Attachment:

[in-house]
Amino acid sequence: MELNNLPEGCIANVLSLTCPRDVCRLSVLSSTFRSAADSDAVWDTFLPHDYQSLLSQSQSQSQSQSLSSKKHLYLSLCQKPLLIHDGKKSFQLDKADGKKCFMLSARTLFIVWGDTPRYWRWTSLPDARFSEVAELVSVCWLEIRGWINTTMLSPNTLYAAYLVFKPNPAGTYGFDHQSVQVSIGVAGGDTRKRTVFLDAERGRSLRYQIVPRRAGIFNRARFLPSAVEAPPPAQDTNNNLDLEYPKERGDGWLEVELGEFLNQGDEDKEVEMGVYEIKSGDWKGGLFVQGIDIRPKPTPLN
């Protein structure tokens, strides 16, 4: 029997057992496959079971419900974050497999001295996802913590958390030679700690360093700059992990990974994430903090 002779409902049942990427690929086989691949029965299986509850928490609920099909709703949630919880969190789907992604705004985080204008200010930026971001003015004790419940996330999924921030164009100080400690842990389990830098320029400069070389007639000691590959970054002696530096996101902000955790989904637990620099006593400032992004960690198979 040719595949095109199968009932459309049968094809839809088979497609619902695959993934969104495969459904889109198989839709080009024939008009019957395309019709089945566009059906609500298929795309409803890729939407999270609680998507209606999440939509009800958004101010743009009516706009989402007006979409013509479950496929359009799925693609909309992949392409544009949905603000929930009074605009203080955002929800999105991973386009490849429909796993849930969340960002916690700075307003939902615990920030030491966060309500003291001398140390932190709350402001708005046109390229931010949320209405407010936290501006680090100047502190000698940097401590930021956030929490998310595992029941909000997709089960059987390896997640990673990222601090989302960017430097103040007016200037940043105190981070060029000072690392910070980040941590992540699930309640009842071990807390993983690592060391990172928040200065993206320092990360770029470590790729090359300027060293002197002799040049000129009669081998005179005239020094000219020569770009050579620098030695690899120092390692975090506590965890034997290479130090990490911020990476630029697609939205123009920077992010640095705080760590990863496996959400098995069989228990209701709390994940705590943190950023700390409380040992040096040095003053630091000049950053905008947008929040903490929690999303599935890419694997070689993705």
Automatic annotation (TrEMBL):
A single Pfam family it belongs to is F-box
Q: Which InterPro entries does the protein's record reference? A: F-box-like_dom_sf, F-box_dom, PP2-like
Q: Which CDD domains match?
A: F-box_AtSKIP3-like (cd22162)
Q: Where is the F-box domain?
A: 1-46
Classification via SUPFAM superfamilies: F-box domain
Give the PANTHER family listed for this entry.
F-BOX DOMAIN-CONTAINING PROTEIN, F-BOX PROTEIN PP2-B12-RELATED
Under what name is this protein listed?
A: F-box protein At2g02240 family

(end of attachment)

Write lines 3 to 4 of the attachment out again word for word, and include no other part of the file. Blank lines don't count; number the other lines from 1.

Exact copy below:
């Protein structure tokens, strides 16, 4: 029997057992496959079971419900974050497999001295996802913590958390030679700690360093700059992990990974994430903090 002779409902049942990427690929086989691949029965299986509850928490609920099909709703949630919880969190789907992604705004985080204008200010930026971001003015004790419940996330999924921030164009100080400690842990389990830098320029400069070389007639000691590959970054002696530096996101902000955790989904637990620099006593400032992004960690198979 040719595949095109199968009932459309049968094809839809088979497609619902695959993934969104495969459904889109198989839709080009024939008009019957395309019709089945566009059906609500298929795309409803890729939407999270609680998507209606999440939509009800958004101010743009009516706009989402007006979409013509479950496929359009799925693609909309992949392409544009949905603000929930009074605009203080955002929800999105991973386009490849429909796993849930969340960002916690700075307003939902615990920030030491966060309500003291001398140390932190709350402001708005046109390229931010949320209405407010936290501006680090100047502190000698940097401590930021956030929490998310595992029941909000997709089960059987390896997640990673990222601090989302960017430097103040007016200037940043105190981070060029000072690392910070980040941590992540699930309640009842071990807390993983690592060391990172928040200065993206320092990360770029470590790729090359300027060293002197002799040049000129009669081998005179005239020094000219020569770009050579620098030695690899120092390692975090506590965890034997290479130090990490911020990476630029697609939205123009920077992010640095705080760590990863496996959400098995069989228990209701709390994940705590943190950023700390409380040992040096040095003053630091000049950053905008947008929040903490929690999303599935890419694997070689993705």
Automatic annotation (TrEMBL):